Lubricate new fuel injector O-ring seals (2) (3) with clean engine oil, and install on the fuel rail assembly. IMPORTANT: When installing the fuel injector, care should be taken not to tear or misalign the fuel injector O-rings.
Install the fuel injector upper O-ring (3).
Install the fuel injector lower O-ring (2).
Install the fuel injector to the fuel rail assembly.
Install the fuel injector retaining clip (1).
Install the fuel rail assembly.
Connect the negative battery cable.
Inspect for leaks through the following steps:
8.1. Turn the ignition switch ON for 2 seconds .
8.2. Turn the ignition switch OFF for 10 seconds .
8.3. Turn the ignition switch ON.
8.4. Check for fuel leaks.

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Friday, October 24th, 2008 AT 10:48 PM
Tiny
TED1042
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Thanks so much for all your help. When I fired up the engine after changing the plugs, I just couldn't believe how smooth it ran. I honestly don't know if it was the plugs or the rubber washer. One way to check would be to reinstall the sold steel washer and see what happens. In any case, it runs fine now and I don't really want to mess with it.

Thanks again.

Ted

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Saturday, October 25th, 2008 AT 5:09 PM
Tiny
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Ted

I am really, very happy your car is running as you want. You are more than welcome for the help, but let's not forget, you were the guy turning the wrench. Fantastic job. Great teamwork I think. You are right. The rule is, if it works, leave it alone.

You have a great weekend and enjoy driving that car around and feel proud you fixed it!

Bob

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Saturday, October 25th, 2008 AT 9:17 PM
Tiny
TED1042
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I'm baaaaaack. Just for insurance, and because the car has 130,000 miles, I changed all the fuel injectors. I bought remanufactured ones online and had them installed by a mechanic. The car continues to run beautifully, silky smooth, with great acceleration and gas mileage, but a new problem has now popped up.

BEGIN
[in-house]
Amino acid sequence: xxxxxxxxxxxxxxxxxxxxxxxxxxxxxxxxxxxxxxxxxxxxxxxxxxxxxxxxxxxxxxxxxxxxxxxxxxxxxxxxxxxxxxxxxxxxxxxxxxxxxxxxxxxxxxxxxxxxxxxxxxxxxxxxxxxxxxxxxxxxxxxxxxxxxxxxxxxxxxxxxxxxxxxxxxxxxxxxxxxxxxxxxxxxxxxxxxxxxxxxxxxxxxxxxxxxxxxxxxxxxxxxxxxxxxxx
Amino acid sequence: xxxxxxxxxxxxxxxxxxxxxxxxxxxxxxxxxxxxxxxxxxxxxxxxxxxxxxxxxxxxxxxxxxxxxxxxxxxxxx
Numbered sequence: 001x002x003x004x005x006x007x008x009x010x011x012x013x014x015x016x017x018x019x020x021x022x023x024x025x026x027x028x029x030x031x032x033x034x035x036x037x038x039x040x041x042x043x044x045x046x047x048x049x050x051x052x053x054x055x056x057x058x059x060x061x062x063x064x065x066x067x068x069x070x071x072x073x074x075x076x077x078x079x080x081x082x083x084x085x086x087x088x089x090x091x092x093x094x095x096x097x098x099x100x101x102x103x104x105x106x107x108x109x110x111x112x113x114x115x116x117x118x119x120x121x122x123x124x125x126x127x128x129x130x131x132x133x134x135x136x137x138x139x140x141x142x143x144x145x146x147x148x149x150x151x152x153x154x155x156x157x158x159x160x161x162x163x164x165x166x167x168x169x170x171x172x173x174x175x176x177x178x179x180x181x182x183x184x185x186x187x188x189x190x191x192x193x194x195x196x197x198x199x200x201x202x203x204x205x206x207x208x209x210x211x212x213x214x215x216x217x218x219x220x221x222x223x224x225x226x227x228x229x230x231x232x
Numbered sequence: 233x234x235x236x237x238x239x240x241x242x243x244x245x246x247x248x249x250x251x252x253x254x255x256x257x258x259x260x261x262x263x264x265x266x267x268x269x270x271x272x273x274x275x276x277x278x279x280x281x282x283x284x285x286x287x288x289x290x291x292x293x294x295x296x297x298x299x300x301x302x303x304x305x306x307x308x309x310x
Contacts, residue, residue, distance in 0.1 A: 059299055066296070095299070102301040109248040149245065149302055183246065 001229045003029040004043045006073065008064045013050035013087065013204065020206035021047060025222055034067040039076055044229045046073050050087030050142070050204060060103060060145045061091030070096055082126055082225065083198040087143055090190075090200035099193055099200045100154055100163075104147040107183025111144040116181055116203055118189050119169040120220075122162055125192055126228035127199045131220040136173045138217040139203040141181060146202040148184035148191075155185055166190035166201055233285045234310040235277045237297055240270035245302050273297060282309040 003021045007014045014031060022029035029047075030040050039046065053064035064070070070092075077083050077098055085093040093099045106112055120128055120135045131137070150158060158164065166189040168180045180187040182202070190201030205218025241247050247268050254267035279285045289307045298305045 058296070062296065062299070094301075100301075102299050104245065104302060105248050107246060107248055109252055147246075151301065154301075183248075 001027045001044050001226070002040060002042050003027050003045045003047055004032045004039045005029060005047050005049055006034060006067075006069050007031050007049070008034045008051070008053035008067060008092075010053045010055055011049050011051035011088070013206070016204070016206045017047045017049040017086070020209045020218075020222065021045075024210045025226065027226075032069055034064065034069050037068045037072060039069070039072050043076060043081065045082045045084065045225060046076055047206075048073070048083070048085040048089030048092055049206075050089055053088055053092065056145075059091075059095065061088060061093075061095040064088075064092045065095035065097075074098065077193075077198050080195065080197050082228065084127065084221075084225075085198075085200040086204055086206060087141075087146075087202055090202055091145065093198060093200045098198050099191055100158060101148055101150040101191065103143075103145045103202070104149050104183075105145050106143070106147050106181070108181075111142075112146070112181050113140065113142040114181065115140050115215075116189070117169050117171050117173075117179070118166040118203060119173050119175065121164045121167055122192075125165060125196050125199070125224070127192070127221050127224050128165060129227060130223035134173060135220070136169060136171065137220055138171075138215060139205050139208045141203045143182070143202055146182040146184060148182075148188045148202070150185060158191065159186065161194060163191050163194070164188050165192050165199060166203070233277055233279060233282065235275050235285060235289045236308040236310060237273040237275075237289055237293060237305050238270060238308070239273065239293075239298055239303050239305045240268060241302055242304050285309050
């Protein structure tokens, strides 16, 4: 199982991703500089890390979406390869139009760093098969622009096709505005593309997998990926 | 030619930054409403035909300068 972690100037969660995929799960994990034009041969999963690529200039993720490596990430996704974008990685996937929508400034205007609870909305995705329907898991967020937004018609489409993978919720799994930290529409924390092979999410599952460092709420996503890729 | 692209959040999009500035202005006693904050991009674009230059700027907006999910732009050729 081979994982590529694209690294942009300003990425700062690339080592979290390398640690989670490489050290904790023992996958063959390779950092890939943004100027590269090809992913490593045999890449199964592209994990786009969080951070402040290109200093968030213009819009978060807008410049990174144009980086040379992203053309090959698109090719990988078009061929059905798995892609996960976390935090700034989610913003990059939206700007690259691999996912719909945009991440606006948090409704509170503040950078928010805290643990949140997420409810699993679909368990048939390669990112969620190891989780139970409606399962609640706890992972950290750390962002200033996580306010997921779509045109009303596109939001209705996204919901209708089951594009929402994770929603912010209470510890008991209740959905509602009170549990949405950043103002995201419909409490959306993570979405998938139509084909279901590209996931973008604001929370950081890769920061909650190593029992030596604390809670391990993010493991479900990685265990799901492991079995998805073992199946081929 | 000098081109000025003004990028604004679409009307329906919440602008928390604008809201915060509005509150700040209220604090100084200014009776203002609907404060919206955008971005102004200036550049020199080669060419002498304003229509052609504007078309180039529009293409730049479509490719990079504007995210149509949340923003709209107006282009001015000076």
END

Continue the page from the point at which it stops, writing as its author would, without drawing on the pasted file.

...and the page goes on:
Immediately after the new injectors were installed, starting problems began. I've never had a starting problem with this car before, but now it will not start unless I give it a tap or two of gas while the starter is cranking. When it finally does start, I occasionally get a puff of grey smoke out the back end.

Any idea what's going on?

Ted

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Monday, November 3rd, 2008 AT 3:46 PM
Tiny
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Hello - Ted

Glad to hear back from you. Sorry about the car though.

Well it could be a couple of things. First though remove the brake booster vacuum hose and see if it is wet inside from brake fluid? I would check it at the booster end and the manifold end.

As for the having to pump the pedal after the injectors were installed, look them over really good and see if there is any gas leaking around one of them. It sounds like one or two are bleeding down therefore you are loosing gas pressure. Since that is the only thing that was changed and the car was running great before, that is what I would think. Next your fuel pump. You do have 130000 miles on it so it may be coincidental that it did this at the same time as the injector change. You might try running a can of BG 44K injector cleaner through and see if you do have an injector sticking maybe that will clean it.

Also, next time, turn the key on and wait until you hear the pump totally stop. Then try cranking and see what happens. The only way to know for sure what is going on with the fuel is put a gauge on it and let it sit. If the pressure drops to say, 35 after sitting for a while it is leaking.

Last have you pulled the codes or checked to see if there is any?

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Monday, November 3rd, 2008 AT 7:04 PM
Tiny
TED1042
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I made a donation and I will check all the things you suggested, as soon as election day passes. I'm working as a pollworker tomorrow so I won't be able to get to the car until later this week. Talk to you about results later.

Ted

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Monday, November 3rd, 2008 AT 9:57 PM
Tiny
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Hello - Ted

Thanks for the update. Good luck working the polls tomorrow. Sorry again about the way it runs. You really seemed happy when it was running so good.

Don't loose faith in it. Things happen.

It will be running great in no time.

Keep me posted.

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Monday, November 3rd, 2008 AT 10:02 PM
Tiny
TEDBEHNE
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I believe I have found the cause of the hard starting problem. I took the air breather off and found the plastic electrical connector on injector number 3 is broken (probably by the mechanic who installed the new injectors). I pushed the connector parts together to make the tightest possible fit, then taped the joint with plastic electrical tape. The car started right up with no problems. It appears to be starting and running fine now. Should I replace the plastic connector or just leave well enough alone?

Ted

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Friday, November 14th, 2008 AT 11:06 AM